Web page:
Etidronate for treating and preventing postmenopausal osteoporosis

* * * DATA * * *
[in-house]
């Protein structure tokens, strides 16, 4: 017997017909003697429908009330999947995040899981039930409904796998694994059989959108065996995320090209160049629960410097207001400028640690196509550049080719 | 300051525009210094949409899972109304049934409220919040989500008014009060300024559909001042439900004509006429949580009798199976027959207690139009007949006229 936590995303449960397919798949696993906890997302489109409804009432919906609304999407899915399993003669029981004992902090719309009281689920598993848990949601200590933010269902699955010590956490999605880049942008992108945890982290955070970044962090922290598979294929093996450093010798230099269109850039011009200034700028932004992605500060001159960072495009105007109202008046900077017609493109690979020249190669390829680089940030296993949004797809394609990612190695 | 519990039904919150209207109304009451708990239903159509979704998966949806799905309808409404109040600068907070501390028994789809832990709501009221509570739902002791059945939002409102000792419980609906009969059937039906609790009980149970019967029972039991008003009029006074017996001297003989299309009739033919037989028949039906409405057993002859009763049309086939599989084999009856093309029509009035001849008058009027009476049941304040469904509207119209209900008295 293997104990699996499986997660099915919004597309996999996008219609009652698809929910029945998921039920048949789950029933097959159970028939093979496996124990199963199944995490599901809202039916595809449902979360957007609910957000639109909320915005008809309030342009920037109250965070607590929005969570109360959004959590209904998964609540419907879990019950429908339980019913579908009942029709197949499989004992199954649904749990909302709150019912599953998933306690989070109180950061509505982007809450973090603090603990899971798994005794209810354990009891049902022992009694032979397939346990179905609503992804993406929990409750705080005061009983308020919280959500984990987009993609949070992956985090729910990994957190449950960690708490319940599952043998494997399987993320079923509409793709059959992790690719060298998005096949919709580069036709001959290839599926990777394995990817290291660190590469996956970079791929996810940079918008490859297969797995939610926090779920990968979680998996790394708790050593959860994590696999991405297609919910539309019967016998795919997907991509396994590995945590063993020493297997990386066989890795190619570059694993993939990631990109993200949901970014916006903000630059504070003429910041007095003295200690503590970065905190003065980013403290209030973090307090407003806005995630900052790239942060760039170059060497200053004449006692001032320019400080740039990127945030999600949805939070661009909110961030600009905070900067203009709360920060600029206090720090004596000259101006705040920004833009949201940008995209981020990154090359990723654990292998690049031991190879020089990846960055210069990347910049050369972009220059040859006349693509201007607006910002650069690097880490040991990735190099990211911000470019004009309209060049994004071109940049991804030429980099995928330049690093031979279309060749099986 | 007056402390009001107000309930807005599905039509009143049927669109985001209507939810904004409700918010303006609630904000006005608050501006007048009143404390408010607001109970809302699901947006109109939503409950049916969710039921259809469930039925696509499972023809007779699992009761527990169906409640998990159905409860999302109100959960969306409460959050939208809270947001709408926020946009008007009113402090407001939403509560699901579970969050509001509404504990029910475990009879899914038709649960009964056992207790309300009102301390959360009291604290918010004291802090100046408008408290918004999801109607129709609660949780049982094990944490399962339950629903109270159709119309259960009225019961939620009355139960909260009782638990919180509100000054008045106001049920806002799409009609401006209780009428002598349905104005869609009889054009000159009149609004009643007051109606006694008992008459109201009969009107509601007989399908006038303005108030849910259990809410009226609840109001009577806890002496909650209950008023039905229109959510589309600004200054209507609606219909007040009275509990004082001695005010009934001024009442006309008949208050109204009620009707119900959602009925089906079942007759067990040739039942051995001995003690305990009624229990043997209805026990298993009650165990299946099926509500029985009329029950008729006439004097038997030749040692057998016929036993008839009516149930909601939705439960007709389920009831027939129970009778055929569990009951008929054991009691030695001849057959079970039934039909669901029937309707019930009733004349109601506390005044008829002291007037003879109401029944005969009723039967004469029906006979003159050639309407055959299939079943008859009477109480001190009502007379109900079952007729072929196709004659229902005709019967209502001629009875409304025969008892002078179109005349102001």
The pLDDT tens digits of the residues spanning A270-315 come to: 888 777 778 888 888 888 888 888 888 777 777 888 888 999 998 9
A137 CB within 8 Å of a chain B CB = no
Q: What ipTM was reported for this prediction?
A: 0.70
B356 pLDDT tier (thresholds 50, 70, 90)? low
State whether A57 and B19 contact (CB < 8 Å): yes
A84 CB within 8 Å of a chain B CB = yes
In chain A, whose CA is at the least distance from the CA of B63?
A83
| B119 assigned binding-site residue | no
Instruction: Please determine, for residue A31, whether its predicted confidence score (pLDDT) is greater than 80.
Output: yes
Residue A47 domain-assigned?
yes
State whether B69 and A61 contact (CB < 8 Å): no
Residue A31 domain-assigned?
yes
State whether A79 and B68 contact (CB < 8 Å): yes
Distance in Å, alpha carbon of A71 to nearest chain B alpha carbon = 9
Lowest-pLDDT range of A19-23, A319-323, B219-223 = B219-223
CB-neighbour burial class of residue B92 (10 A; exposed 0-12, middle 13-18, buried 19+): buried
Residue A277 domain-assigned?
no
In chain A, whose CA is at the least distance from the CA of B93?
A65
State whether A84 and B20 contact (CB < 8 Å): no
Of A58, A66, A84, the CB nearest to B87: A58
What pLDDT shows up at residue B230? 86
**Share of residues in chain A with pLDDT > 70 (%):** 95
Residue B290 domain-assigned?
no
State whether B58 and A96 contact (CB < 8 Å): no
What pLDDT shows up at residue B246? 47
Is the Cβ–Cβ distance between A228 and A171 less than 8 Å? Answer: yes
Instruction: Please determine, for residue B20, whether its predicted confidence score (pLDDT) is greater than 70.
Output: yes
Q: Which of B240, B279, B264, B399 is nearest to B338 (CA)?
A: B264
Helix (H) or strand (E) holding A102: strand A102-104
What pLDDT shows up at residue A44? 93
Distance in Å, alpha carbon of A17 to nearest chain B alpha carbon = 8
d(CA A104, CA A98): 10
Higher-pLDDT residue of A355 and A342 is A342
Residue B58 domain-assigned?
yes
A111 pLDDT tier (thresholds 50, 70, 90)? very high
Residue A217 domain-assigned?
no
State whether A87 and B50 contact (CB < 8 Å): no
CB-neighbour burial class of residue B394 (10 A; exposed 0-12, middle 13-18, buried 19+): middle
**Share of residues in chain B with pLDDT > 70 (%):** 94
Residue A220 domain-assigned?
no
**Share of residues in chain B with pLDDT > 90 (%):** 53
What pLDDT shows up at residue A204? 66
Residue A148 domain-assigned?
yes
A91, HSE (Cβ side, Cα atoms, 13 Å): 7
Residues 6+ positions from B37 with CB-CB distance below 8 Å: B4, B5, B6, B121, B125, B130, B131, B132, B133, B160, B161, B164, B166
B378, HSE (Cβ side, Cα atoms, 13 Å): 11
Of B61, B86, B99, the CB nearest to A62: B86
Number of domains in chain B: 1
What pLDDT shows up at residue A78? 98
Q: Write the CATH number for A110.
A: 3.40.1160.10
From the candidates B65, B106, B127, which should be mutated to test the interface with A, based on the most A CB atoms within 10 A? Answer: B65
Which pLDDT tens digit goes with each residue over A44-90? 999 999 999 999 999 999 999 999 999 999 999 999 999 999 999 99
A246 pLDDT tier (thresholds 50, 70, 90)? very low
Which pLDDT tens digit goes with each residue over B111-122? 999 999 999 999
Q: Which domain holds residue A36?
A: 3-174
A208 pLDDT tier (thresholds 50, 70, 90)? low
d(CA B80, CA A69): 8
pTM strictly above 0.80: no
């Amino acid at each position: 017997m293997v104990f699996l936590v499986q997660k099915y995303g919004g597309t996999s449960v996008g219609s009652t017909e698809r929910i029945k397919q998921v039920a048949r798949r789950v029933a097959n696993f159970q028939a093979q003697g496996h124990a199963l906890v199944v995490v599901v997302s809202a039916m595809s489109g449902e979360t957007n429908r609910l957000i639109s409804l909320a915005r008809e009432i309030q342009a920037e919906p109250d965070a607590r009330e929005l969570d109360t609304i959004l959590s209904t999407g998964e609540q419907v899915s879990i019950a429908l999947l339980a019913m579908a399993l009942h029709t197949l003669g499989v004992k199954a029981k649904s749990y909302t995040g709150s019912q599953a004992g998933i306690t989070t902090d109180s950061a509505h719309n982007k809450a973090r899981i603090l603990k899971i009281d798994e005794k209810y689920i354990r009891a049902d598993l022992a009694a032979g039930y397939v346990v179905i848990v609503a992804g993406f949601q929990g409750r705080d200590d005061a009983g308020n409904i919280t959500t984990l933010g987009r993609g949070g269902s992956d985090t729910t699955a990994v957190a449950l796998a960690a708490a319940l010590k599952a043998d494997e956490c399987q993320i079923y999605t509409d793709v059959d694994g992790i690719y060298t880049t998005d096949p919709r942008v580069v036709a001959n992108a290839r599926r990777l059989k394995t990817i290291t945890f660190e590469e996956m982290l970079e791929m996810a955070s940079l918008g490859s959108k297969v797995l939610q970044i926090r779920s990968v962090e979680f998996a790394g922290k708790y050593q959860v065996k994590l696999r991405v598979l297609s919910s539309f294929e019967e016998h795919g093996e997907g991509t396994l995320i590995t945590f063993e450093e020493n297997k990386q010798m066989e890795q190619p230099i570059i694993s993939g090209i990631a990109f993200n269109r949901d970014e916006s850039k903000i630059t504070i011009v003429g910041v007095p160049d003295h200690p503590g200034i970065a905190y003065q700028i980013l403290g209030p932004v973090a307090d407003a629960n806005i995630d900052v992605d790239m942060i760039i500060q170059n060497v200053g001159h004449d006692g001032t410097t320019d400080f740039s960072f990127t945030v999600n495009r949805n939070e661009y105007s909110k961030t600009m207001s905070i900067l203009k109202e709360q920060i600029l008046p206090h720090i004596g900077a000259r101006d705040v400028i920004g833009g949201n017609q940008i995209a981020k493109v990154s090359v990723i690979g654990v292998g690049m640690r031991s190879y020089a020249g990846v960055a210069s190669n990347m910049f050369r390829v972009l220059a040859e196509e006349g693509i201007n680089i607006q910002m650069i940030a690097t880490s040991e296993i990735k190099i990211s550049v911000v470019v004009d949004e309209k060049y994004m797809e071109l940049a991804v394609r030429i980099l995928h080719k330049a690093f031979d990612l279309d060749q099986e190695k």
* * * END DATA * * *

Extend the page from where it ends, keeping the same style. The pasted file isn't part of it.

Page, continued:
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BACKGROUND: Osteoporosis is a clinical syndrome of reduced bone mass and increased fracture susceptibility. There are now a number of options, including etidronate which can decrease the risk of fractures. OBJECTIVES: To systematically review the efficacy of etidronate on bone density, fractures and toxicity in postmenopausal women. SEARCH STRATEGY: We searched MEDLINE from 1966 to December 1998, examined citations of relevant articles, and the proceedings of international osteoporosis meetings. We contacted osteoporosis investigators to identify additional studies, primary authors, and pharmaceutical industry sources for unpublished data. SELECTION CRITERIA: We included thirteen trials (with 1010 participants) that randomized women to etidronate or an alternative (placebo or calcium and/or vitamin D) and measured bone density for at least one year. DATA COLLECTION AND ANALYSIS: For each trial, three independent reviewers assessed the methodological quality and abstracted data. MAIN RESULTS: The data suggested a reduction in vertebral fractures with a pooled relative risk of 0.60% (95% CI 0.41 to 0.88). There was no effect on non-vertebral fractures (pooled relative risk 1.00, (95% CI 0.68 to 1.42)). Etidronate, relative to control, increased bone density after three years of treatment in the lumbar spine by 4.27% (95% CI 2.66 to 5.88), in the femoral neck by 2.19% (95% CI 0.43, 3.95) and in the total body by 0.97% (95% CI 0.39, 1.55). Effects were larger at 4 years, though the number of patients followed was much smaller. AUTHORS' CONCLUSIONS: Etidronate increases bone density in the lumbar spine and femoral neck. The pooled estimates of fracture reduction with etidronate are consistent with a reduction in vertebral fractures, but no effect on non-vertebral fractures.
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